Carbohydrates: Reducing End Concentration Analysis

Topics: Fructose, Sucrose, Glucose Pages: 7 (2354 words) Published: February 19, 2013
Carbohydrates are important in metabolic processes for everyday physical and chemical actions. The carbohydrate, glucose, is a key component in generating adenosine triphosphate, also known as ATP. In order to analyze unknown glucose levels, a DNS assay was performed. By using 2-hydroxy-3,5-dinitrobenzoic acid to oxidize the aldehyde group on the carbohydrate, the reducing end of glucose increases in absorbance of 540 nm. Using a UV spectrophotometer, the concentration was calculated by using a regression line of the standard curve. The experimental data concluded a 1068.912 µg/ml. With the actual concentration being 1200.000 µg/ml, a 10.924% error was deduced. Though the error is slightly high, the deviation of 134.370 µg/ml makes up for some of the error through this process; entailing DNS assay an acceptable method of calculating unknown glucose levels. Introduction

Figure 1: Glucose. Circled Portion: Aldehyde
Figure 1: Glucose. Circled Portion: Aldehyde
Carbohydrate is defined as a polyhydroxyl ketone, a polyhydroxyl aldehyde, or their derivatives. Figure 1 is an example of a carbohydrate, namely, glucose. Glucose is a prime contributor of carbon for other carbohydrates, amino acids, lipids, and nucleic acids. Glucose is also a main contributor to generating adenosine triphosphate through glycolysis, providing energy for chemical and everyday functions. The negative of glucose is, in high concentration, insulin pathways are blocked, causing diabetes. In order to calculate glucose levels for monitoring, a unique functional group must be observed. That being carbohydrate’s aldehyde group. The aldehyde group helps in metabolic functions and provides a reducing agent; aldehyde group shown in Figure 1. The aldehyde group, also known as the reducing end, has the ability to undergo oxidation-reduction reactions; making glucose, an undetectable compound, detectable Figure 2: Gluconic acid. Circled Portion: Carboxylic acid Figure 2: Gluconic acid. Circled Portion: Carboxylic acid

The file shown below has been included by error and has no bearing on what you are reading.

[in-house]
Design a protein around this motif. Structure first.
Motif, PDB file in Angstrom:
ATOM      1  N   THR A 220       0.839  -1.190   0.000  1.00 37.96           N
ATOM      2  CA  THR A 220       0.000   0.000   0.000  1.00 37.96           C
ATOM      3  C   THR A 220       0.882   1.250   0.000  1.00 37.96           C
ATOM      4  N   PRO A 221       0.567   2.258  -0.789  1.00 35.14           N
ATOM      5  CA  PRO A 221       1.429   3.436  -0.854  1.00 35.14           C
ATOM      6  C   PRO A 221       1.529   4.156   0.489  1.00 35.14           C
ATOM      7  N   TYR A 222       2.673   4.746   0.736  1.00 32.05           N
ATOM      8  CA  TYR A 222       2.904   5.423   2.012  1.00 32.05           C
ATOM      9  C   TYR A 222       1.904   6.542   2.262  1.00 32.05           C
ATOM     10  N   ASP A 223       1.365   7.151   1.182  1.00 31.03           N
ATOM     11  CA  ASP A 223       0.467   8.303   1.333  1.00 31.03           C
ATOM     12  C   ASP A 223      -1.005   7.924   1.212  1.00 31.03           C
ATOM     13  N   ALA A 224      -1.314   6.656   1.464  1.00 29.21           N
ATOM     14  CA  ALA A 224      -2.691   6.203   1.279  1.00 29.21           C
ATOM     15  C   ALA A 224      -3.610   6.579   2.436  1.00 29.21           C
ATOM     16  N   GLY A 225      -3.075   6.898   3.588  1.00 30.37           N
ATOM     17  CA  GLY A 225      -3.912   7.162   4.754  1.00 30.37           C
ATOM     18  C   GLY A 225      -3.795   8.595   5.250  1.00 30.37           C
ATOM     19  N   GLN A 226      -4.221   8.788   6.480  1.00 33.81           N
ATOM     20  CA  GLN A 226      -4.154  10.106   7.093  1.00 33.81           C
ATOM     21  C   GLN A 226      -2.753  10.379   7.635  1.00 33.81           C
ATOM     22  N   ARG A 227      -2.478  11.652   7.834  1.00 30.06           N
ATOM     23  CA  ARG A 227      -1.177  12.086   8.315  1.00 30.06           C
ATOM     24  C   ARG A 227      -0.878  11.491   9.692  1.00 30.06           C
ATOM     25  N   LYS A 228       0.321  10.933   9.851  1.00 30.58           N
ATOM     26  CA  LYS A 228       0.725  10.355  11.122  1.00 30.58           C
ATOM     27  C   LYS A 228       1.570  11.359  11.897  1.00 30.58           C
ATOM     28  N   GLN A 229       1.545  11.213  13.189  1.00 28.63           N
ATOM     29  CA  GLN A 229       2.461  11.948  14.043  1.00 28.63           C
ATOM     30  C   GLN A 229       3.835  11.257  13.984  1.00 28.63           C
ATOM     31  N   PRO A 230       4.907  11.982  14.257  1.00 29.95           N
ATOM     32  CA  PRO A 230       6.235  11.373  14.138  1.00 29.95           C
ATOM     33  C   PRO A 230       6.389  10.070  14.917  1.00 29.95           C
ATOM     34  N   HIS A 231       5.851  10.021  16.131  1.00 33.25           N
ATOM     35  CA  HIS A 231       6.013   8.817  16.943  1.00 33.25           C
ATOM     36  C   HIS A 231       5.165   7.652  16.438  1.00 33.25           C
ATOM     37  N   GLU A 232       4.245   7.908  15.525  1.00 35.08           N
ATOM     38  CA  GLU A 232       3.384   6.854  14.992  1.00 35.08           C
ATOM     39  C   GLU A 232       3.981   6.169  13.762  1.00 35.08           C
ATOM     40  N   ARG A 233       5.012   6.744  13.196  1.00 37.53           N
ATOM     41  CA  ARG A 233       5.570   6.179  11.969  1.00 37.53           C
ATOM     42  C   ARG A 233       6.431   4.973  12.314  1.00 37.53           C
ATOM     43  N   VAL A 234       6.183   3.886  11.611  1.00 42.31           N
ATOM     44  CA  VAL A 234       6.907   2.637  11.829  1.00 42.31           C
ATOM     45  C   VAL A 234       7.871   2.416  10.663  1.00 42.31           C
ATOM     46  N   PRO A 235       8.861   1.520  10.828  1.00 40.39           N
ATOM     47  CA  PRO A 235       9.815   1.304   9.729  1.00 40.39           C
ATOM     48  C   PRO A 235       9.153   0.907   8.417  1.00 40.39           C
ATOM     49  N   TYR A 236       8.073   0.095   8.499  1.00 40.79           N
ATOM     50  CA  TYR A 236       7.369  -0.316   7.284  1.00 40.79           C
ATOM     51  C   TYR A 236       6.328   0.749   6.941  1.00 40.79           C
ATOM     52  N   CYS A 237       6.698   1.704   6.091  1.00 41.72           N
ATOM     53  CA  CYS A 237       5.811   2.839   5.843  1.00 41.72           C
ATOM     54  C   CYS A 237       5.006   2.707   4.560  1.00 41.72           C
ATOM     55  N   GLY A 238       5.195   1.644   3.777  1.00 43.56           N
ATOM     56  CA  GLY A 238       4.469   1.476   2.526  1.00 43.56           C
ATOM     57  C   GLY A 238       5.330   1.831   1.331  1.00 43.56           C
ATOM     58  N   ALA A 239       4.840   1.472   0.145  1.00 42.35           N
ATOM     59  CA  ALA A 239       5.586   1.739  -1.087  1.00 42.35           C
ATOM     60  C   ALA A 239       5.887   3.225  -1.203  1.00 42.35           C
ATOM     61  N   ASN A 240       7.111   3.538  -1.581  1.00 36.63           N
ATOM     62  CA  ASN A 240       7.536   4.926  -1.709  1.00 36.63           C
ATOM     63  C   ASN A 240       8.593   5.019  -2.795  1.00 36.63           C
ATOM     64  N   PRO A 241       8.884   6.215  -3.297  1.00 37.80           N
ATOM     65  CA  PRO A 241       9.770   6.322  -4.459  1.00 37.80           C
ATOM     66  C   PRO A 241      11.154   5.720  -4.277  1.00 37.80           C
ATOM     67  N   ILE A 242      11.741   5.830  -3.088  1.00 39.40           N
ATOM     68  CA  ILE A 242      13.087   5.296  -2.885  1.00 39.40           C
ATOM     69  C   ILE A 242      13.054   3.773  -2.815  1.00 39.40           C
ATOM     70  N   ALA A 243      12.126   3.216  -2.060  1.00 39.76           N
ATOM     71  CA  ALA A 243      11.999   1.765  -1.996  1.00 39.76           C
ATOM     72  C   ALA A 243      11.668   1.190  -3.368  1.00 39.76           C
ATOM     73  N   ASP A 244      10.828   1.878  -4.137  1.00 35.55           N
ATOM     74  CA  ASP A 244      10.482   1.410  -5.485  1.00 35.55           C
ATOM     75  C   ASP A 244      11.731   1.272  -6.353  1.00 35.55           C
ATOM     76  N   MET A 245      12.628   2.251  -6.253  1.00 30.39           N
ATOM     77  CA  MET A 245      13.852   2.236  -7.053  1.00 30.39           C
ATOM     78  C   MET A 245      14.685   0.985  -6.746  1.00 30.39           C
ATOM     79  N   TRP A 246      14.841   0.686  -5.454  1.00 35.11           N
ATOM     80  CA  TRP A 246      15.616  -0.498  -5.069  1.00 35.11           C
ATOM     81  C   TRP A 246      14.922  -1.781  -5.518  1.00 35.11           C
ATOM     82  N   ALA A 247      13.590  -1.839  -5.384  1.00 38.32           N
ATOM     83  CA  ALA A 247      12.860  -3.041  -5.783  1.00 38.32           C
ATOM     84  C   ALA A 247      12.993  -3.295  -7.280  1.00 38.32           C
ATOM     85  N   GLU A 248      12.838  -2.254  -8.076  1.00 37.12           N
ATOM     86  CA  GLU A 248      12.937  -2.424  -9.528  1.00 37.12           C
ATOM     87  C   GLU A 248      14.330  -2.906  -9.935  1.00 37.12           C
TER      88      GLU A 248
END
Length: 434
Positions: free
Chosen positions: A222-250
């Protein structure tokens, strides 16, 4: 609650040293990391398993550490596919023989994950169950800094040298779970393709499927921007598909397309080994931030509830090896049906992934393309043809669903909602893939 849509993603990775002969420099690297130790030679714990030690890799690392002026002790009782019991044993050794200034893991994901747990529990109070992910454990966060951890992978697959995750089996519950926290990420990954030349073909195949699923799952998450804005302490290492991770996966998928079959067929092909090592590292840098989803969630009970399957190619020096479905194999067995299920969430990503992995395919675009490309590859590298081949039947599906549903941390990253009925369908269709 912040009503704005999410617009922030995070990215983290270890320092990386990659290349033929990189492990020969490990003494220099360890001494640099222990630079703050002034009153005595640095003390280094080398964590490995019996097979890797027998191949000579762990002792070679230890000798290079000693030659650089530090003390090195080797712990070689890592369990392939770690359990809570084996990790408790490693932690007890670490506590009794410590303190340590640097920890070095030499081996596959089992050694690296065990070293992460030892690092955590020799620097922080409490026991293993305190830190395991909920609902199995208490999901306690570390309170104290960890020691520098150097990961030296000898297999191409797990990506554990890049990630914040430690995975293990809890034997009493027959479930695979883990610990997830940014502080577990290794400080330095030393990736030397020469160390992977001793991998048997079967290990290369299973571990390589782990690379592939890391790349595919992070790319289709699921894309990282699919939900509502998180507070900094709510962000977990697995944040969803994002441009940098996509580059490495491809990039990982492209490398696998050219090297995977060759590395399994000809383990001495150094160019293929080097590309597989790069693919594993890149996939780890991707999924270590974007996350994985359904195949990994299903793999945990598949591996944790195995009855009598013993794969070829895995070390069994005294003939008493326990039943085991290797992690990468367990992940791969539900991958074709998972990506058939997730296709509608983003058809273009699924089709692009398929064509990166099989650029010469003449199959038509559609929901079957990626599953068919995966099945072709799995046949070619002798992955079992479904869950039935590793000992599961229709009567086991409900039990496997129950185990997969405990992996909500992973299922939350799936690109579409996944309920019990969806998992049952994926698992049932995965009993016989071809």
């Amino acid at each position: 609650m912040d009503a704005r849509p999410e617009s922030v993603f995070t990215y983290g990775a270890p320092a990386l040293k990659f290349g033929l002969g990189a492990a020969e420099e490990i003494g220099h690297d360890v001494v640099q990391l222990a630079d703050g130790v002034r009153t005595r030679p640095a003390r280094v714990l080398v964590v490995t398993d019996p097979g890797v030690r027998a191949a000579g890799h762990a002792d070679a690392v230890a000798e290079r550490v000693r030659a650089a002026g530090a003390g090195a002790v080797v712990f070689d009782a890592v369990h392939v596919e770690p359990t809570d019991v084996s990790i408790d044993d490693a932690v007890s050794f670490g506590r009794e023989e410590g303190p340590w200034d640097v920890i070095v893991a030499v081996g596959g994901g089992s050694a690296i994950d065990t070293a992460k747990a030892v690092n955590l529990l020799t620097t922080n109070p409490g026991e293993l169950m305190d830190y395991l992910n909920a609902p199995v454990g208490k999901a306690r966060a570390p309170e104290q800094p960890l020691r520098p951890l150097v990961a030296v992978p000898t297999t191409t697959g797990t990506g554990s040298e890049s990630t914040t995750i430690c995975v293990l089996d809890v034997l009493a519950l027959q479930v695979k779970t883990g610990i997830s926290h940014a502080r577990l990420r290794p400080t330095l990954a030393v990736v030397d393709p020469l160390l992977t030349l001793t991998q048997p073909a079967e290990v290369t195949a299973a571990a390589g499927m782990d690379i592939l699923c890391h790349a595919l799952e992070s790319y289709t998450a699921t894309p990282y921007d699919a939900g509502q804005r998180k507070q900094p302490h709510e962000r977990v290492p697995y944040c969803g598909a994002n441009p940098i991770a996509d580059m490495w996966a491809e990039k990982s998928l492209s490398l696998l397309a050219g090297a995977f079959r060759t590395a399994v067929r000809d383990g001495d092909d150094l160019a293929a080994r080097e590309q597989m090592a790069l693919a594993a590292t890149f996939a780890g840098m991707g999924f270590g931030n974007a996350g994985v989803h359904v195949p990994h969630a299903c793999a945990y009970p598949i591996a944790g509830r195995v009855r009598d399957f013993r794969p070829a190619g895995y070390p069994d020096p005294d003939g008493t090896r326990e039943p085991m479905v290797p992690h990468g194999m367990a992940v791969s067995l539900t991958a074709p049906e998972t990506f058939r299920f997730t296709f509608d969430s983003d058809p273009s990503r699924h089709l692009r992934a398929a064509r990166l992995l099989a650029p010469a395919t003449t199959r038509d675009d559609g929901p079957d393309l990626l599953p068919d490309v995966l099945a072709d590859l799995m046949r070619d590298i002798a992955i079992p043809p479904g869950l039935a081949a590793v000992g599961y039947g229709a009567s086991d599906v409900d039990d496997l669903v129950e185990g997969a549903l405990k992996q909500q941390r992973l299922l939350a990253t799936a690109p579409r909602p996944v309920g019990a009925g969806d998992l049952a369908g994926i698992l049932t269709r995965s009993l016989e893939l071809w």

with the help of a DNS assay. The DNS assay uses a redox reaction with glucose’s reducing end and 2-hydroxy-3,5-dinitrobenzoic acid, also known as DNS, oxidizing glucose’s aldehyde group into a carboxylic acid, shown in Figure 2. The newly reduced DNS increases directly in absorbency with the increase of reduced ends. Through spectrophotometry, the concentration of glucose is available for measurement. Unknown concentrations of glucose can be determined via the measured absorbency and a standard curve. With the glucose concentration in hand, preventative measures are achievable to prevent diabetes. Methods and Materials

Number each test tube from #1 through #8. Disperse numerically, 3.000 ml, 2.750 ml, 2.500 ml, 2.250 ml, 2.000 ml, 2.750 ml, 2.500 ml, and 2.000 ml of water. Displace the ‘Standard Glucose’ into tubes #1-5 correspondingly 0.000 ml, 0.250 ml, 0.500 ml, 0.750 ml, and 1.000 ml. Distribute the ‘Unknown Glucose’ into tubes #6-#8, with 0.250 ml, 0.500 ml, and 1.000 ml. Allocate 1.00 ml of DNS into each test tube, making sure the total volume of every tube is approximately 4.000 ml. Cap and place all eight test tubes into the hot water bath, allowing incubation for twenty minutes. The heat acts as a catalyst to speed up the redox reaction rate.

After the incubation, reorder the solutions from light to dark. Carefully wash each cuvette with their corresponding test tubes. The wash will clean out the cuvette, as well as created a coat for more accurate readings. Transfer at least 2 ml from the corresponding test tubes to their matching cuvettes. Place the lightest cuvette, solution #1 due to its 0.000 ml concentration of glucose, into the UV Spectrophotometer and use it as a blank. Following this process, continue to measure the absorbency of each solution from lightest to darkest. After recording the measurements, use test tubes of the known absorbance for #1-#5 and place them in an excel...
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